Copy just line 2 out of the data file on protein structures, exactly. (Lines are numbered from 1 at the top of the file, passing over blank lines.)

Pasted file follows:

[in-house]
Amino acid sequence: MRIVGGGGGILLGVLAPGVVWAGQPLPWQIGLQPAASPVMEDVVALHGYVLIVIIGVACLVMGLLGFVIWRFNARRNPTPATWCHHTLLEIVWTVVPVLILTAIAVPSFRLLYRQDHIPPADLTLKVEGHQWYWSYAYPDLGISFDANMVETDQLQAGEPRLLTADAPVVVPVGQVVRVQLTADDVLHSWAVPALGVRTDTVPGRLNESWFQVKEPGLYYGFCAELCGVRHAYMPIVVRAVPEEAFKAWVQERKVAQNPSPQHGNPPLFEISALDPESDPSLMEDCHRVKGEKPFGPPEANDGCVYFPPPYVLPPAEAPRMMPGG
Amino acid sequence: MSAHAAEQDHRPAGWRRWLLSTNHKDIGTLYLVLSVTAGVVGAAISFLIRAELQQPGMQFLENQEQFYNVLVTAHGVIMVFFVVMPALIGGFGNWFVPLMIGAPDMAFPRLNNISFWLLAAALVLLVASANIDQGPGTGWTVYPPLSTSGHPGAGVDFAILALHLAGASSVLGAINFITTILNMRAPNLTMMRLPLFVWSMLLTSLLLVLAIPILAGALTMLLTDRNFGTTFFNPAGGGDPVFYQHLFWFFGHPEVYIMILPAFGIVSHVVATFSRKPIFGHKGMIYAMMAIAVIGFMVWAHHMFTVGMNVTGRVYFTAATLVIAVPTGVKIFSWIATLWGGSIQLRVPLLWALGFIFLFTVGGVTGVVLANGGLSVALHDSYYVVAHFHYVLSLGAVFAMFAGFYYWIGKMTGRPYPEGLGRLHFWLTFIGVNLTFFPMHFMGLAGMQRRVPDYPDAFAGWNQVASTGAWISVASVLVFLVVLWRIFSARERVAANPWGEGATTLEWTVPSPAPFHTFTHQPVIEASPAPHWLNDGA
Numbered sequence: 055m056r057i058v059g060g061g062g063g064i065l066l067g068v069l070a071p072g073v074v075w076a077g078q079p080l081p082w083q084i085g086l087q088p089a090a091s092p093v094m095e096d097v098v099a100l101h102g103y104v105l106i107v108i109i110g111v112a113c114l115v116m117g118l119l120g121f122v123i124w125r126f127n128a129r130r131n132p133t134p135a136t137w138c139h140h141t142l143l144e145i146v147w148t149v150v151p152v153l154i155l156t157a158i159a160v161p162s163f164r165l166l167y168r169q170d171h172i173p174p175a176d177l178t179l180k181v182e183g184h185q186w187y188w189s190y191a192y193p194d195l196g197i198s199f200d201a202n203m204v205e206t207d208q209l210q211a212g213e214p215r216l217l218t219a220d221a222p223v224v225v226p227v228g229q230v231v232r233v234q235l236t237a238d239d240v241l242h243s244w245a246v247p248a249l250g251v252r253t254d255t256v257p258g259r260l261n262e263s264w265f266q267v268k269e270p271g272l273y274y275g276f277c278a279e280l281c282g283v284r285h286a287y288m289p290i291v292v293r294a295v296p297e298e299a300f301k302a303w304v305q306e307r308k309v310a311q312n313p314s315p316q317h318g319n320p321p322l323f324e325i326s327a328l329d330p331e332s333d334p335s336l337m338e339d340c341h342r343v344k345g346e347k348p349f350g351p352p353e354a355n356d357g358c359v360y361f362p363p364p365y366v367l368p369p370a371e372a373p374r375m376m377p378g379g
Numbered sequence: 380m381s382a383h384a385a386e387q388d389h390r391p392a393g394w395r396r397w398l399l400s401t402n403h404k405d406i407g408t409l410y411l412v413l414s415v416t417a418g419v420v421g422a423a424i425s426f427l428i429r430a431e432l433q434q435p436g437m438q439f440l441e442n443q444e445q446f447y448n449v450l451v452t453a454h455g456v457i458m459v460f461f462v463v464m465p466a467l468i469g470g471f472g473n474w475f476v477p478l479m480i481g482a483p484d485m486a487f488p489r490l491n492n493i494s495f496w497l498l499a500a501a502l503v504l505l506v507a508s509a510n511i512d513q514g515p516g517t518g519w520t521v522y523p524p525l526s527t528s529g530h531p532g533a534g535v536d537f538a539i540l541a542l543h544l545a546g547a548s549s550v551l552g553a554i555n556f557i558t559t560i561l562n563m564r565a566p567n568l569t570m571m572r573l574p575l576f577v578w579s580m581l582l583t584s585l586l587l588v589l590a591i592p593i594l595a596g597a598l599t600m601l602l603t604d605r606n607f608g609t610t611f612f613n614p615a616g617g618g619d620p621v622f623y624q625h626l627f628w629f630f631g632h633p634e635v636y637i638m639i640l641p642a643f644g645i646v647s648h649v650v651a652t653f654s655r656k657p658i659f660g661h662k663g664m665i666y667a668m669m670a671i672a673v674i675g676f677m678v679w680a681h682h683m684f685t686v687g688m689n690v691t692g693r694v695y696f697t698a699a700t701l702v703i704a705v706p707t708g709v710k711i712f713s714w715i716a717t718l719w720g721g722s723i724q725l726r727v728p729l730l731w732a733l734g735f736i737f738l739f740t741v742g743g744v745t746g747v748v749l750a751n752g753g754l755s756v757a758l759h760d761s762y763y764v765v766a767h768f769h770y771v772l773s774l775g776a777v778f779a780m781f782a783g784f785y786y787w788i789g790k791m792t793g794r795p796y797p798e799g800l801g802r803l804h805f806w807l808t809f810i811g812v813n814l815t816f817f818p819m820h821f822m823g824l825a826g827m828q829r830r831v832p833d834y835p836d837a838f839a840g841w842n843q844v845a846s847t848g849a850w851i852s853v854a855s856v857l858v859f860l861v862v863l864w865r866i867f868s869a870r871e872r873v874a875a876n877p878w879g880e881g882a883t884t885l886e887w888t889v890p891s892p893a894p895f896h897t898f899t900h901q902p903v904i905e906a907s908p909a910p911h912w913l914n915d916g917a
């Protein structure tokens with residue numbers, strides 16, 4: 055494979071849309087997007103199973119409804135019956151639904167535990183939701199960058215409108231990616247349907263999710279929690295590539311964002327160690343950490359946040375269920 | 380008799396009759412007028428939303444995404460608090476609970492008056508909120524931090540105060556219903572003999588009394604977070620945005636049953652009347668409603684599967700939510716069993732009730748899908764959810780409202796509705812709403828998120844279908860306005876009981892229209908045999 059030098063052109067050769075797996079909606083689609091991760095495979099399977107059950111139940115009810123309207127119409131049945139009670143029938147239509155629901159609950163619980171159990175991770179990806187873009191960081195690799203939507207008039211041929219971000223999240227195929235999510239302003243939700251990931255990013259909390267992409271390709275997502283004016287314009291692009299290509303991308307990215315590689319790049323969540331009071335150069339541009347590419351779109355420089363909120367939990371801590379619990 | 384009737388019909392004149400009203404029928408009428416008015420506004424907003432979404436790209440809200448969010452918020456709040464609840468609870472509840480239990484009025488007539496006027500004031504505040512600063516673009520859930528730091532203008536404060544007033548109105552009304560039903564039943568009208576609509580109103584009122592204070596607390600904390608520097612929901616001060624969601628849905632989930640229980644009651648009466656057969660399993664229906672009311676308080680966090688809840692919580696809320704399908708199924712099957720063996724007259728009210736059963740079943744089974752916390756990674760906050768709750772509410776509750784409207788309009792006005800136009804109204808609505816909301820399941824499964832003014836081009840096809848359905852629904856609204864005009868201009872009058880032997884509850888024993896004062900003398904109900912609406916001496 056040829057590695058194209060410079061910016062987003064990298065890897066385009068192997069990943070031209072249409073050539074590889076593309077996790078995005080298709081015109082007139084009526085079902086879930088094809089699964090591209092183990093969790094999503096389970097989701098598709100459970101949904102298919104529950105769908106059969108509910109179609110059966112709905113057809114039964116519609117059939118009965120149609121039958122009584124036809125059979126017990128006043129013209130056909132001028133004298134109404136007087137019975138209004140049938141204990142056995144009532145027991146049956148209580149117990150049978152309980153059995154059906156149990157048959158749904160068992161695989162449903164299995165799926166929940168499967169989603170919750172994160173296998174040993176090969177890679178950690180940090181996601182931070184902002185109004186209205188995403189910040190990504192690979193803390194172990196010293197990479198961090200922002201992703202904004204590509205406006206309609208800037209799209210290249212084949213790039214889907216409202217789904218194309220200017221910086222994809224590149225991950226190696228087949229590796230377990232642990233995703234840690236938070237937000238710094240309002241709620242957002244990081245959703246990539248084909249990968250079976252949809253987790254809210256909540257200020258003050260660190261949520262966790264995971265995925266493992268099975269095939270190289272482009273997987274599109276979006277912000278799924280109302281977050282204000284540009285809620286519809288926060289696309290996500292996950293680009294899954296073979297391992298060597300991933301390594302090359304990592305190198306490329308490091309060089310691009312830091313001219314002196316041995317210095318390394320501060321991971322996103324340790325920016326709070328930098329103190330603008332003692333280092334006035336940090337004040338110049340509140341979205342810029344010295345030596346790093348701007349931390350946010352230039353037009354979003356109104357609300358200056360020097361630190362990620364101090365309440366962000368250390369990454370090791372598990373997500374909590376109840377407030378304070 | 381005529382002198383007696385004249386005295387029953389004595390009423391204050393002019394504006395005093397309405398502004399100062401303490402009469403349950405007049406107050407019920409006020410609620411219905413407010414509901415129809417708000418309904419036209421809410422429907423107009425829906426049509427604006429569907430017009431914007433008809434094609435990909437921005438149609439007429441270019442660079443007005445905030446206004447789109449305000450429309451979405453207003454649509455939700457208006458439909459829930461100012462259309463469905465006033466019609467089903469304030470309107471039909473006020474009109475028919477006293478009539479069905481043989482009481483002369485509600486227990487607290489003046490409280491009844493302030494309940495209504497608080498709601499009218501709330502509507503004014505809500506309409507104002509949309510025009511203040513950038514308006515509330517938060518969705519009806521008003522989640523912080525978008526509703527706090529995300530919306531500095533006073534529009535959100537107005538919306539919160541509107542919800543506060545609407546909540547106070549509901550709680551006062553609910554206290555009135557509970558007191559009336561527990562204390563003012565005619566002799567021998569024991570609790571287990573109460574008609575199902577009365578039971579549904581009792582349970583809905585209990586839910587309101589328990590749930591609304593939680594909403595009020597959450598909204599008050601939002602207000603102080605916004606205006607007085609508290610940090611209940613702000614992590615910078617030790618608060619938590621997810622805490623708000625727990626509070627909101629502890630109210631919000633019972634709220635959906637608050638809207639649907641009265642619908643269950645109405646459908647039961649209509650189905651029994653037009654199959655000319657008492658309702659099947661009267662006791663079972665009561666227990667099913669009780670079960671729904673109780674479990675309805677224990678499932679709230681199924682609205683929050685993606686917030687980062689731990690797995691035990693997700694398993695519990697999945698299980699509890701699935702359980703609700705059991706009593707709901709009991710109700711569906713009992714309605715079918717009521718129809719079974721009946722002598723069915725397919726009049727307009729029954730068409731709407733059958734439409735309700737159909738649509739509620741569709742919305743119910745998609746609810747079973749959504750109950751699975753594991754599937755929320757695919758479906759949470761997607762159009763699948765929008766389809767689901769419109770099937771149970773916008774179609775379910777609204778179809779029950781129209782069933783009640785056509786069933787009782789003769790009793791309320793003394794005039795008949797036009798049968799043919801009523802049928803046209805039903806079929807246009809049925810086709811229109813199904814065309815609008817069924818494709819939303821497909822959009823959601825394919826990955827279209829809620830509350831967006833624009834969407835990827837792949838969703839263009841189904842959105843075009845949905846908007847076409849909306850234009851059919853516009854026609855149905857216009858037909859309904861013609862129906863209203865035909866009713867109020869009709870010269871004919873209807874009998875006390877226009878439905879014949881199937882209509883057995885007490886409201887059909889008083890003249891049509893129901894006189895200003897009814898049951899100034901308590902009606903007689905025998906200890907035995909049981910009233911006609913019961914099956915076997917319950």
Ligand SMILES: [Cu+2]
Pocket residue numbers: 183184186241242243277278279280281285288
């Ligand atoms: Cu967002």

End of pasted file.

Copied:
Amino acid sequence: MRIVGGGGGILLGVLAPGVVWAGQPLPWQIGLQPAASPVMEDVVALHGYVLIVIIGVACLVMGLLGFVIWRFNARRNPTPATWCHHTLLEIVWTVVPVLILTAIAVPSFRLLYRQDHIPPADLTLKVEGHQWYWSYAYPDLGISFDANMVETDQLQAGEPRLLTADAPVVVPVGQVVRVQLTADDVLHSWAVPALGVRTDTVPGRLNESWFQVKEPGLYYGFCAELCGVRHAYMPIVVRAVPEEAFKAWVQERKVAQNPSPQHGNPPLFEISALDPESDPSLMEDCHRVKGEKPFGPPEANDGCVYFPPPYVLPPAEAPRMMPGG